“And I please myself thinking I see thee when this letter is put into thy hand. I see thee read it once, thy countenance all gravity, and then again with a smile; then, hesitation ended, and thy judgment formed, it is this, or it is that; wisdom like Mercury’s, promptitude like Caesar’s.

“The sun is now fairly risen. An hour hence two messengers will depart from my door, each with a sealed copy hereof; one of them will go by land, the other by sea, so important do I regard it that thou shouldst be early and particularly informed of the appearance of our enemy in this part of our Roman world.

“I will await thy answer here.

“Ben-Hur’s going and coming will of course be regulated by his master, the consul, who, though he exert himself without rest day and night, cannot get away under a month. Thou knowest what work it is to assemble and provide for an army destined to operate in a desolate, townless country.

“I saw the Jew yesterday in the Grove of Daphne; and if he be not there now, he is certainly in the neighbourhood, making it easy for me to keep him in eye. Indeed, wert thou to ask me where he is now, I should say, with the most positive assurance, he is to be found at the Orchard of Palms, under the tent of the traitor Sheik Ilderim, who cannot long escape our strong hand. Be not surprised if Maxentius, as his first measure, places the Arab on ship for forwarding to Rome.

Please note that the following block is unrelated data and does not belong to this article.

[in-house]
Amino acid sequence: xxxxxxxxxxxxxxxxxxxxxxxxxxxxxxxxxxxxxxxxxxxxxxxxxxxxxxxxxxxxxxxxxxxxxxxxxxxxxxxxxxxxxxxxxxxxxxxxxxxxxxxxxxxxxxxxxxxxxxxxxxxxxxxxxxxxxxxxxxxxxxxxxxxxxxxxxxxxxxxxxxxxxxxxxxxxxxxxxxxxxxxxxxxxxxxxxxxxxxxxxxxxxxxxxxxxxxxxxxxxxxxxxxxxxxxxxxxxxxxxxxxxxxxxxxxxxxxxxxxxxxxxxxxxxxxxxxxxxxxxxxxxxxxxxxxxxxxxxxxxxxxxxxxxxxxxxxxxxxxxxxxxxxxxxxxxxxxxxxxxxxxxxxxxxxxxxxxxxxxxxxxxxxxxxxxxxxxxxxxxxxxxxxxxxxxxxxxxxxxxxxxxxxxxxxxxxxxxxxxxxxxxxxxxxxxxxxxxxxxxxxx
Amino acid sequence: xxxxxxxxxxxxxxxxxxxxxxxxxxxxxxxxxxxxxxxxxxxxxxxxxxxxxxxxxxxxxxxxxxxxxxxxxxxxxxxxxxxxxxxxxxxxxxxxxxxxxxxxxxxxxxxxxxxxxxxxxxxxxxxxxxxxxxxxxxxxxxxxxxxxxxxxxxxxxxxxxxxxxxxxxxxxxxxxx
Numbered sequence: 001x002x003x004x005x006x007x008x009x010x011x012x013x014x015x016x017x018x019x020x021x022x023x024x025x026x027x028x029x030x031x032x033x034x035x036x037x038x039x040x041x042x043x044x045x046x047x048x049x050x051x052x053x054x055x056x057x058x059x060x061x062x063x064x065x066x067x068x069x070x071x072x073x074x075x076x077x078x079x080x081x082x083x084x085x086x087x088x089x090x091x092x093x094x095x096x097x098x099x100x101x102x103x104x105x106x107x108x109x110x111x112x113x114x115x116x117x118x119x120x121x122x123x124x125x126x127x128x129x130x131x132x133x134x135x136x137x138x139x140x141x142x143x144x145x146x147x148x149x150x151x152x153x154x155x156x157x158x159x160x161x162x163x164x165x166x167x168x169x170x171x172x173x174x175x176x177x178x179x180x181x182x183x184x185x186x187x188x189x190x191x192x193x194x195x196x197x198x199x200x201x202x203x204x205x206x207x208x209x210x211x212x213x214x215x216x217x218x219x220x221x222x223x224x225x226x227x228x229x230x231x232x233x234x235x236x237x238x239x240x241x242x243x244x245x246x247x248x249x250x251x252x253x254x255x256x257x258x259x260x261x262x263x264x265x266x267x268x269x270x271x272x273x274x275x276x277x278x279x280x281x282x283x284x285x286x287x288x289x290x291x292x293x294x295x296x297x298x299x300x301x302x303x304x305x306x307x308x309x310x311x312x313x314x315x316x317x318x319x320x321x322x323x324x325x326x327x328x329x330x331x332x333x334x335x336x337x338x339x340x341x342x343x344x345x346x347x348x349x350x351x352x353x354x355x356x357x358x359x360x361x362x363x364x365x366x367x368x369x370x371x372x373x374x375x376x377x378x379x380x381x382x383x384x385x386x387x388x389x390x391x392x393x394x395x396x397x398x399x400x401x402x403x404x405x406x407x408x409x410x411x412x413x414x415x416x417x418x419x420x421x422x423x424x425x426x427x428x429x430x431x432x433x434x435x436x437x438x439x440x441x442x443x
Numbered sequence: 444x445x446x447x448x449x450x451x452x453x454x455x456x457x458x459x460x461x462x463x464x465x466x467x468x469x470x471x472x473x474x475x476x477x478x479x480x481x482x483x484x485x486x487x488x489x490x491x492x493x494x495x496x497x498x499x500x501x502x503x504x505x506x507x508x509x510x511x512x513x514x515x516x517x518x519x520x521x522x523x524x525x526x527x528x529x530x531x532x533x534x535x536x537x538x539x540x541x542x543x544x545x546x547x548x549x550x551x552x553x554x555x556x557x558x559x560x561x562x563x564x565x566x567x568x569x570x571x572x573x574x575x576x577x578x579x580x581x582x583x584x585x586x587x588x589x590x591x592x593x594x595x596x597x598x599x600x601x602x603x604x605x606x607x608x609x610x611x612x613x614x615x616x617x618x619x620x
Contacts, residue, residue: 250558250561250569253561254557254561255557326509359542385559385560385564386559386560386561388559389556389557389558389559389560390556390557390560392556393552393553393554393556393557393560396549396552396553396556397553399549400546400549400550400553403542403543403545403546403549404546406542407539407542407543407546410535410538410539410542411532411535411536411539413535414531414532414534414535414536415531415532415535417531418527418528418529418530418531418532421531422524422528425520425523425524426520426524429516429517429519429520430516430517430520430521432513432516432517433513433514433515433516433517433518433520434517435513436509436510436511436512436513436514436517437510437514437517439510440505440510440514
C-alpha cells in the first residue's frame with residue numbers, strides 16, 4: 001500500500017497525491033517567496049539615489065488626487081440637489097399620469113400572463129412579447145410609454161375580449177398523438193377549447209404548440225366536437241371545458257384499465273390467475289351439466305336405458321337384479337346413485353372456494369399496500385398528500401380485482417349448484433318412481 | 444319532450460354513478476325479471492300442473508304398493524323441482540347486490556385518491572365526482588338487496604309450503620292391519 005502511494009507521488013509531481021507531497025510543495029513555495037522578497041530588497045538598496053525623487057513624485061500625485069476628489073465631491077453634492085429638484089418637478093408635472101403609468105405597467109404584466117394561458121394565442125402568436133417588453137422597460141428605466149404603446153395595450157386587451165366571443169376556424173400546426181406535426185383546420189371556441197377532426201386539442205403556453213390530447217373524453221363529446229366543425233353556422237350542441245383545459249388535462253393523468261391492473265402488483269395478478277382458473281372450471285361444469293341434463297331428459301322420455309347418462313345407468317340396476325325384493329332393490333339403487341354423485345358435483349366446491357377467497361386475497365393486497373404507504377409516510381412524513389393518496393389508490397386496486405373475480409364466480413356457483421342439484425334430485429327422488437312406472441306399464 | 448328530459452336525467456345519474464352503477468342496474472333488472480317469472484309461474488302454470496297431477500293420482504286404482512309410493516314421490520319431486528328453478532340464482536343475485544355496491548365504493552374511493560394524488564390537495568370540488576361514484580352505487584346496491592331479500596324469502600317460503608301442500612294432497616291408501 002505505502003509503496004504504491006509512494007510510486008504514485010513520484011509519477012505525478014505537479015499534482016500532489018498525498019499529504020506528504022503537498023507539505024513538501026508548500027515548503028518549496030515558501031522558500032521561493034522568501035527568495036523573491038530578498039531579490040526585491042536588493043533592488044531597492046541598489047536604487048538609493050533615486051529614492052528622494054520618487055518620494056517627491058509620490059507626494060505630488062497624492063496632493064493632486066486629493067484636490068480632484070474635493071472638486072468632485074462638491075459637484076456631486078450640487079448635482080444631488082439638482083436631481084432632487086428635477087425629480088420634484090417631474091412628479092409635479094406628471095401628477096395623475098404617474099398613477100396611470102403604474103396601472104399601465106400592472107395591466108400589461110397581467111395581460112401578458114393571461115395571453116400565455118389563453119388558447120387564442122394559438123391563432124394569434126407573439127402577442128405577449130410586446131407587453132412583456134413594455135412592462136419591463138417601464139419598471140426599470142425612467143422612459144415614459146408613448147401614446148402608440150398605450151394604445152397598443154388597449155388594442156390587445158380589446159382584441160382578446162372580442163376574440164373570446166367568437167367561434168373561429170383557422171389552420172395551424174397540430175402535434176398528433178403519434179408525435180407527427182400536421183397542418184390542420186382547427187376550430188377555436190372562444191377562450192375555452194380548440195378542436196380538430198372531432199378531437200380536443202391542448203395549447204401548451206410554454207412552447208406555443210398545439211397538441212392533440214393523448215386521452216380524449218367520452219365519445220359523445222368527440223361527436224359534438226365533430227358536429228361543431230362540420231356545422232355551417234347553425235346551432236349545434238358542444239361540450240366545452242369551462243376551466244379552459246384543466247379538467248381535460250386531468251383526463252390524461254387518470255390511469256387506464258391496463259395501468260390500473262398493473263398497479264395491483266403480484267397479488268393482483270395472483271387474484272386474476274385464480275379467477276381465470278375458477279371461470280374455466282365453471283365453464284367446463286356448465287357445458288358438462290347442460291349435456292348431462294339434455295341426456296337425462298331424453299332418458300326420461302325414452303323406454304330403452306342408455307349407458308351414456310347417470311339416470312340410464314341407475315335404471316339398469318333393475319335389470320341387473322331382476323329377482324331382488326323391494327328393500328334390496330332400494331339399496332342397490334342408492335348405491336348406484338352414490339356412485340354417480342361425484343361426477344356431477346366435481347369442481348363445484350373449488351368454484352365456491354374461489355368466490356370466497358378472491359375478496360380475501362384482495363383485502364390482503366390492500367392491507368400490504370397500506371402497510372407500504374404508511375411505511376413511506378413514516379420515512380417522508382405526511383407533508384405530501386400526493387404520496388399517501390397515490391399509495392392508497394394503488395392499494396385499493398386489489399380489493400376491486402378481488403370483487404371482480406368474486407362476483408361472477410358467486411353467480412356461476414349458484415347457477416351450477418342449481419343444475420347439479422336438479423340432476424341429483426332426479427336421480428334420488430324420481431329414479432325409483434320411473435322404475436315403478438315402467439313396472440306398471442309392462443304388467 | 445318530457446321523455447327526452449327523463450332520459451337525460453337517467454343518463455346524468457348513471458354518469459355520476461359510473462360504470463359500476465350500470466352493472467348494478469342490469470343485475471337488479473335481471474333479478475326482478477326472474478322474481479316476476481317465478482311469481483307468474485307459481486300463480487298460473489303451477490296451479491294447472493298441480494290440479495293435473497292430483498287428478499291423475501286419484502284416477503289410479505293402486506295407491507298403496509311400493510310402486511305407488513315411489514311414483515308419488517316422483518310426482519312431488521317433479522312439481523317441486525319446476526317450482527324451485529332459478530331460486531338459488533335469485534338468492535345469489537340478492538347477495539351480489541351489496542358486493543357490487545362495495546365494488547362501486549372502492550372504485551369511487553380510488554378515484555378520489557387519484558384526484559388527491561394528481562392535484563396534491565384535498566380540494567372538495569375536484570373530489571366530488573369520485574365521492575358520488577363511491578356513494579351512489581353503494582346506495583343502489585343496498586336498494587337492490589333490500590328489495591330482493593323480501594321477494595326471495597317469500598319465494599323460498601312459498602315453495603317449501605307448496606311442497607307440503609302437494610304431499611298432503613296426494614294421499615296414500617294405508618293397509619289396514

“I am so particular about the whereabouts of the Jew because it will be important to thee, O illustrious! when thou comest to consider what is to be done; for already I know, and by the knowledge I flatter myself I am growing in wisdom, that in every scheme involving human action there are three elements always to be taken into account- time, place, and agency.

“If thou sayest this is the place, have thou then no hesitancy in trusting the business to thy most loving friend, who would be thy aptest scholar as well.

“MESSALA.”


CHAPTER II.

ILDERIM’S ARABS UNDER THE YOKE.

ABOUT the time the couriers departed from Messala’s door with the despatches (it being yet the early morning hour), Ben-Hur entered Ilderim’s tent. He had taken a plunge into the lake, and breakfasted, and appeared now in an under-tunic, sleeveless, and with skirt scarcely reaching to the knee.

The sheik saluted him from the divan.

“I give thee peace, son of Arrius,” he said, with admiration, for, in truth, he had never seen a more perfect illustration of glowing, powerful, confident manhood. “I give thee peace and good-will. The horses are ready, I am ready. And thou?”

“The peace thou givest me, good sheik, I give thee in return. I thank thee for so much good-will. I am ready.”

Ilderim clapped his hands.